The social discourse concerning animal trade knows governmental and non-governmental actors. Among the first, the European Food Safety Authority (EFSA, 2011) is a good example for repeated public attempts to define both minimum requirements and best practice for animal transports. Aside from very few voices of farmers critically commenting on the additional trade restrictions placed on the animal trade (LEHNERT, 2014) or recording trade flows (ANONYMOUS, 2016), the non-governmental side is dominated by animal advocacy groups. Few groups are specialized in the issue of animal transport and/or the animal trade:

The Dutch advocacy organization "Eyes on Animals" focuses on the transport of animals. If legal restrictions are breached, the group forwards this information to public control organizations and publishes it on their website. The group also offers education and advice to highway patrols and other relevant control organizations.

The German "Animals' Angels" have a very similar profile; although, they strongly emphasize assistance during transportation, providing, for example, water to animals waiting at a border.

Other advocacy organizations have much broader profile; although, they also include the issue of animal transport in their profile:

The NGO "World Animal Protection" is arguably the most global advocacy group that is active against animal transport, also supporting the elaboration of scientific evidence of stressful effects of animal transports (APPLEBY, 2008).

The British "Born Free Foundation" mainly works against the use of animals in zoos and circuses, but some national subsidiaries, such as the US branch, also actively campaign against the international transport of animals (ANONYMOUS, 2009).

Germany's largest animal advocacy group, the "Deutscher Tierschutzbund", has collected signatures calling German government to institute a ban against animal transport outside the European Union (EU), arguing that strict rules governing animal transportation cannot be enforced outside the EU.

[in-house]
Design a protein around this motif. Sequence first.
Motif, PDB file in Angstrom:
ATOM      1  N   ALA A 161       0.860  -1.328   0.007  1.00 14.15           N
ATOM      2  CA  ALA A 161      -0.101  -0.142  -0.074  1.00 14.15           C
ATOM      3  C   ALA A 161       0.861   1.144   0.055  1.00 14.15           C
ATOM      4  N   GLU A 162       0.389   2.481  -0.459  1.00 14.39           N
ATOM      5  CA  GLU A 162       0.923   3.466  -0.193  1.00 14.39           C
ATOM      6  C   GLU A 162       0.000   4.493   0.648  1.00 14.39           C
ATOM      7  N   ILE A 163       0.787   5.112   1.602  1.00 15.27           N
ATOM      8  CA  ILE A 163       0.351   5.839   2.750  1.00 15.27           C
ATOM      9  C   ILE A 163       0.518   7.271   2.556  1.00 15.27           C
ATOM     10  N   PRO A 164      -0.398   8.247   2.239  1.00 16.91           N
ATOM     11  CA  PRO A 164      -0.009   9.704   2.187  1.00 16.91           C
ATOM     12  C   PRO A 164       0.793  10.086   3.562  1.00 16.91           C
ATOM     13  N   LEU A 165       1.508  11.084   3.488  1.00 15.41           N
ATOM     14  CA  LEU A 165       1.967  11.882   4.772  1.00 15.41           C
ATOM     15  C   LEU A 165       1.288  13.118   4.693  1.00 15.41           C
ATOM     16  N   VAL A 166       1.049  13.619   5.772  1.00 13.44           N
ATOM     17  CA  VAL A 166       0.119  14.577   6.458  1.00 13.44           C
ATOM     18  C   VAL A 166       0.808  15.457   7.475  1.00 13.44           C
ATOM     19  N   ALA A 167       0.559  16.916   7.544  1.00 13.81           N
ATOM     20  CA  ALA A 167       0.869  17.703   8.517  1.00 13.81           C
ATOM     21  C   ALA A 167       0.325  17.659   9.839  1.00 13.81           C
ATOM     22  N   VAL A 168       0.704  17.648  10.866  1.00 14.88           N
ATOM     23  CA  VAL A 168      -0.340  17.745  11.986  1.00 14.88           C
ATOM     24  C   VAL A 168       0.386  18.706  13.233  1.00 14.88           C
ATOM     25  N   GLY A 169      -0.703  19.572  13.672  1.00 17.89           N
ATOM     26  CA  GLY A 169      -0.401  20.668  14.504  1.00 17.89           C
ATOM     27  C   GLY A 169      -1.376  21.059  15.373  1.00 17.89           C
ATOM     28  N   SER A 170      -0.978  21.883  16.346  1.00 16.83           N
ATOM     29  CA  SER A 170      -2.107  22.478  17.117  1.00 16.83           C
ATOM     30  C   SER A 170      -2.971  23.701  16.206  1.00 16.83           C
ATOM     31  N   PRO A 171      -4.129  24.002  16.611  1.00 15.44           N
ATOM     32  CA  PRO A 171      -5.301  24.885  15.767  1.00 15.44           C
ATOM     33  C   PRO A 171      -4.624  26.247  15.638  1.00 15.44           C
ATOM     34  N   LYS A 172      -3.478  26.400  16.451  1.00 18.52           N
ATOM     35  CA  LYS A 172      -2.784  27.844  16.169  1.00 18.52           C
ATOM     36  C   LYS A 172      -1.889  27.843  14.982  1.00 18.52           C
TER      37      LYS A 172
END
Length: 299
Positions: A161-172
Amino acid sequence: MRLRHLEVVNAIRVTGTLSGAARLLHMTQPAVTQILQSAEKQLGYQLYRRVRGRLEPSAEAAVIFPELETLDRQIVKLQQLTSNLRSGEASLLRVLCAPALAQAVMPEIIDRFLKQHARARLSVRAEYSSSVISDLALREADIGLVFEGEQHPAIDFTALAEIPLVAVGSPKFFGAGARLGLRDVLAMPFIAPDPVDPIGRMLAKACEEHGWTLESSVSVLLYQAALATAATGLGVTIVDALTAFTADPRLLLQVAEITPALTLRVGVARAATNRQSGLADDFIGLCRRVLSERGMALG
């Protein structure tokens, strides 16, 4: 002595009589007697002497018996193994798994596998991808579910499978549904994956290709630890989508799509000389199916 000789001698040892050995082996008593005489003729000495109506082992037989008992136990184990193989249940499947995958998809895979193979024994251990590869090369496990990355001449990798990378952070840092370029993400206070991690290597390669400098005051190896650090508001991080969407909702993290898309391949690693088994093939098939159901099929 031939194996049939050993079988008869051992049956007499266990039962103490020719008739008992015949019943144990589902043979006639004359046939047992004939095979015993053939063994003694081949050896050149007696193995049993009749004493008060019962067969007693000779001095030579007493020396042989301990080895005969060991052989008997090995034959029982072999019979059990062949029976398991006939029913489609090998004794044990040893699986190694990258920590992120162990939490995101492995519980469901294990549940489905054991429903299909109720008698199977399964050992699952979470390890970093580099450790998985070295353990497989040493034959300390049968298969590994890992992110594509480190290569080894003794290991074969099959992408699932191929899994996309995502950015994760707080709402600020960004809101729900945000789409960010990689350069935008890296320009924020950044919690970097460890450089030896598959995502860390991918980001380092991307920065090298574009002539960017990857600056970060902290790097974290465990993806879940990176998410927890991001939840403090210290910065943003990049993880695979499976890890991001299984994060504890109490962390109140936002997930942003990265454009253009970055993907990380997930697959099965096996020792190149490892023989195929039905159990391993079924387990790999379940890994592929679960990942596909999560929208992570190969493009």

There also exists a small body of literature reflecting on advocacy organizations works. Some researchers focus on a comprehensive description of such organizations' activities, focusing either on past (FERGUSON, 1998; PHELPS, 2007) or present (KEMMERER, 2012). Others focus on women dominance (GAARDER, 2011) or the children potential (PATTNAIK, 2004) within advocacy organizations. DALZIELL and WADIWELL (2016) are among the few scholars to report a positive case of advocacy, which they label "one of the most successful animal advocacy campaigns in recent Australian history." This judgement is largely confirmed by VILLANUEVA (2018). In this case, following media reports about the undue treatment of animals in Indonesia and subsequent campaigns, the Australian government stopped live animal exports to Indonesia for several months.

One recurring theme in the literature concerning the animal trade is religion. GRANDIN (2008), for example, considers the fact that "many customers want raw meat", a secular description for Halal slaughtering and processing, is the primary reason for trading live animals rather than meat. It is not only popularly known that potential conflicts exist between traditional Jewish and Muslim practices and animal welfare, it is also discussed broadly among scientists from different disciplines (GRANDIN and REGENSTEIN, 1994; JUDD, 2003; LEVER and MIELE, 2012). Examples from animal advocates also often use examples like bovine transports from Brazil to the Middle East (AUFHAUSER, 2008), referring only indirectly to religious motives.

Taken together, the situation based on the literature alone appears to be in reasonable balance: While cruelties still occur, both NGO's and governmental bodies appear to steer the situation into the right direction, without having farmers complaining too loudly. Particularly religion seems to be a serious motive that still necessitates the transports of live animals, but animals' interests are well represented by advocacy organizations.